Regarding the “symbolism” of “Jesus’ actions”, I explain in Deciphering the Gospels that all of this symbolism is an invention of the author of the story; it is not an account of a real person undertaking a constant series of symbolic actions that correlate with scriptures and foretell future events. Jesus wasn’t engaging in symbolic acts to illustrate his apocalyptic message – the writer of the Gospel of Mark was creating a symbolic story about the outcome of the First Jewish-Roman War, that had just resulted in the destruction of the temple and the decimation of Judea.
So what does this tell us about the methodologies and approach of mainstream biblical scholars? This is a clear-cut case of those methodologies failing to reach the right conclusion. The approaches used by Ehrman, Meier and Sanders here are essentially text-book approaches for assessing the historical validity of Gospel accounts. They are all relying heavily on the criterion of multiple attestations to support the claim that this “really happened.” But clearly, that criterion doesn’t work and isn’t actually a reasonable indicator of historical reliability. These scholars were apparently unaware of the relationship between Mark and Hosea 9. It isn’t something that even factors into their thought process or assessment. These scholars, despite being among the most credentialed and highly regarded faces of popular biblical scholarship, completely failed in their assessment of this passage – and this is solid proof of their failure.
This also gets a why – why mainstream biblical scholarship is so wrong. This is a perfect example of how mainstream biblical scholars are so disoriented. As many people who have commented on my book have noted, I’m not a biblical scholar. I don’t have even the slightest official credentials in biblical scholarship. But yet, when I sat down to approach how to assess the historical validity of the Gospel narratives, the very first thing I did was try to identify all of the literary relationships among the texts, and particularly the literary relationships between the first Gospel and prior writings. That seems like an obvious starting point. Yet that’s not the approach used by mainstream biblical scholars, and the reason is that biblical scholarship is fundamentally rooted in Christian theology, not science, not logic, not the methods of historians or anthropologists, nor even the methods of those who study other forms of ancient mythology. No, mainstream biblical scholarship is fundamentally rooted in the rationalization of evidence to support Christian assumptions.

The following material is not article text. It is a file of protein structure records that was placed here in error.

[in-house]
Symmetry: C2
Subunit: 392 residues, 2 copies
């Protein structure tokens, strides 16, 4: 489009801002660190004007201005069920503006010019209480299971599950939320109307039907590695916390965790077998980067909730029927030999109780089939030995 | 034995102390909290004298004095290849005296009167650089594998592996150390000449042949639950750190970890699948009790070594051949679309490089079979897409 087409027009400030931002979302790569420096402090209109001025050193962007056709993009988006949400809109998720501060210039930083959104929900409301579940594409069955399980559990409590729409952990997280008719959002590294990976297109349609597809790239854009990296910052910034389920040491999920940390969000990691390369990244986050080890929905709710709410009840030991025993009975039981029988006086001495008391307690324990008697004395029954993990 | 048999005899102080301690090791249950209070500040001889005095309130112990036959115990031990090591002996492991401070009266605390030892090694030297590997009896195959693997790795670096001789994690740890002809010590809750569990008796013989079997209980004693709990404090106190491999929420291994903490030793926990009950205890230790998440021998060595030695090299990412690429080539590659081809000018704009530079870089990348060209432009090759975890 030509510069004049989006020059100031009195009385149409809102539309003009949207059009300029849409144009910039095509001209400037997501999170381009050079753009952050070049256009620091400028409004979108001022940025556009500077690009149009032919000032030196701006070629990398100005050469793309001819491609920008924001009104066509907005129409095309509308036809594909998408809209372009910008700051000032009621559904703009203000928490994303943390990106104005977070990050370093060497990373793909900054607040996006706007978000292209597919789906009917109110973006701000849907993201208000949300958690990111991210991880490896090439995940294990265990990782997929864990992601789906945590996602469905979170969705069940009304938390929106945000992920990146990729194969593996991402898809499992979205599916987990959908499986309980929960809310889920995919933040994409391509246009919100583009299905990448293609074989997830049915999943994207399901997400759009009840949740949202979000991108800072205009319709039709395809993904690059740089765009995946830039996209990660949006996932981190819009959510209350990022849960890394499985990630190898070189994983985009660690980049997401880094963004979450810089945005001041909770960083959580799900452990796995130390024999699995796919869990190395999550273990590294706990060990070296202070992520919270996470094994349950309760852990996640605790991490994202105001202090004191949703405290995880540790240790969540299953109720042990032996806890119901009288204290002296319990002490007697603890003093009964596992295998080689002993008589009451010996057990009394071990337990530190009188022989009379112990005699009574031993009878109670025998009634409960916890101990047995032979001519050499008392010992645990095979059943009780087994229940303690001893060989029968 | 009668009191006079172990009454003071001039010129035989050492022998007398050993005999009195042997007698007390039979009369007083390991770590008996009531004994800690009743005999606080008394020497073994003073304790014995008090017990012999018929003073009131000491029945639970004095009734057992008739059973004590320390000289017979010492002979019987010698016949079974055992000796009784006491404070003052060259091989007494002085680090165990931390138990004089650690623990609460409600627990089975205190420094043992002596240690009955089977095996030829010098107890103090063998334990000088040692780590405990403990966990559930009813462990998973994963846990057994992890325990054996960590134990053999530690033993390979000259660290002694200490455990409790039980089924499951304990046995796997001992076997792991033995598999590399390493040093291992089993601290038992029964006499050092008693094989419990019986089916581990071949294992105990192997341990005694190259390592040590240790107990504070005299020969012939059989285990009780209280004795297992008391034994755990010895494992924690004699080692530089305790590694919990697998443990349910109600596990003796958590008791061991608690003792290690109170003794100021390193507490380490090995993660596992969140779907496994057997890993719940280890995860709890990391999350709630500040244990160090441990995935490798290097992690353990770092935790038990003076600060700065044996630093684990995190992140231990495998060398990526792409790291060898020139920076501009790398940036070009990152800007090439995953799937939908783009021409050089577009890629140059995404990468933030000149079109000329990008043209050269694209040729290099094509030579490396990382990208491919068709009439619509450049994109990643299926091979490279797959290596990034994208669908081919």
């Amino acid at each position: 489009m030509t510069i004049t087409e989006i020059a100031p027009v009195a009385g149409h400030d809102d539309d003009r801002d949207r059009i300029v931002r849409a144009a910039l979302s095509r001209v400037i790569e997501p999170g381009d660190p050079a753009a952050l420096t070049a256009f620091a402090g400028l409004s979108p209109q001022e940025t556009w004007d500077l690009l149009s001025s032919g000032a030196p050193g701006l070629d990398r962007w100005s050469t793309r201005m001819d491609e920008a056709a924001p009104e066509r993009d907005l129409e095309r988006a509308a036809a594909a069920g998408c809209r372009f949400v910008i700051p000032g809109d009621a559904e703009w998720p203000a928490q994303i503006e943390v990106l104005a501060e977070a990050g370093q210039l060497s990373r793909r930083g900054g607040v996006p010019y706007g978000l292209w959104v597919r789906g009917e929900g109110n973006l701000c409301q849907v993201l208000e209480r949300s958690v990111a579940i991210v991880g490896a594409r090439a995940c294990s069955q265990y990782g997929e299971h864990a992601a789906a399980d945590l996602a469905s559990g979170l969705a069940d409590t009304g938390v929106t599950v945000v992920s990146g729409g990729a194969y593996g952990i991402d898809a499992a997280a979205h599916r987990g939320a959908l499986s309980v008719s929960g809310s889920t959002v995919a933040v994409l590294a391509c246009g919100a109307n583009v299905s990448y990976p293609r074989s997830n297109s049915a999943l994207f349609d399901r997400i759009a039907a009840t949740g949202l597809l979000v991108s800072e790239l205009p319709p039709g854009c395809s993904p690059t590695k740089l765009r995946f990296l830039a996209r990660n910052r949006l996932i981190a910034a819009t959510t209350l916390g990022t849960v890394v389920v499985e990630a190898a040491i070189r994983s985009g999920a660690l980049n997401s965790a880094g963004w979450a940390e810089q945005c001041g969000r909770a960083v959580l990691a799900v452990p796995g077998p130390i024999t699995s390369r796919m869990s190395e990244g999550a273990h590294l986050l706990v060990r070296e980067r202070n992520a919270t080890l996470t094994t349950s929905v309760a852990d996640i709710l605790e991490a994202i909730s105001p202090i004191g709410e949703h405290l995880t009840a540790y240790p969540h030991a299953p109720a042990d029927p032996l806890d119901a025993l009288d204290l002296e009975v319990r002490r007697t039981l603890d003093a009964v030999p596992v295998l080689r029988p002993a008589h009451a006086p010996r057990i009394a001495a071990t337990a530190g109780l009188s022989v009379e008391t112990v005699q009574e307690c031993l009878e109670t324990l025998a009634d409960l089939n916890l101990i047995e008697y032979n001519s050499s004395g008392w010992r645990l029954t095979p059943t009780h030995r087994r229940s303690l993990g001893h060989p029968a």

When you look at who all of these supposed biblical scholars are, and what their degrees are in, what you see is that they all have degrees in theology and divinity, even Bart Ehrman. John Paul Meier’s degrees come from Christian seminary schools, as do Bart Ehrman’s and E. P. Sanders’. Ehrman likes to tout the fact that he is no longer a believing Christian and that he doesn’t think that Jesus is the son of God or performed any miracles, but Ehrman’s background all comes from seminary schools. All of the approaches and methodologies he learned come from Christian theologians. You can see the influence when you compare Ehrman’s assessment of the temple cleansing scene to that of Meier and Sanders. It’s almost impossible to tell them apart – they all say essentially the same thing.
Mainstream biblical scholarship is fundamentally rooted in the rationalization of evidence with Christian assumptions and theology. It’s all about how to interpret the evidence in a way that supports Christian beliefs. Even when a biblical scholar like Ehrman, who claims not to be a Christian, approaches the subject matter, he’s still approaching it using tools created by Christian theologians that are designed to rationalize Christian theology. The toolset Ehrman was provided with at seminary school was designed to verify the historical truth of the Gospels. It’s a toolset that is clearly and demonstrably flawed – biased by design.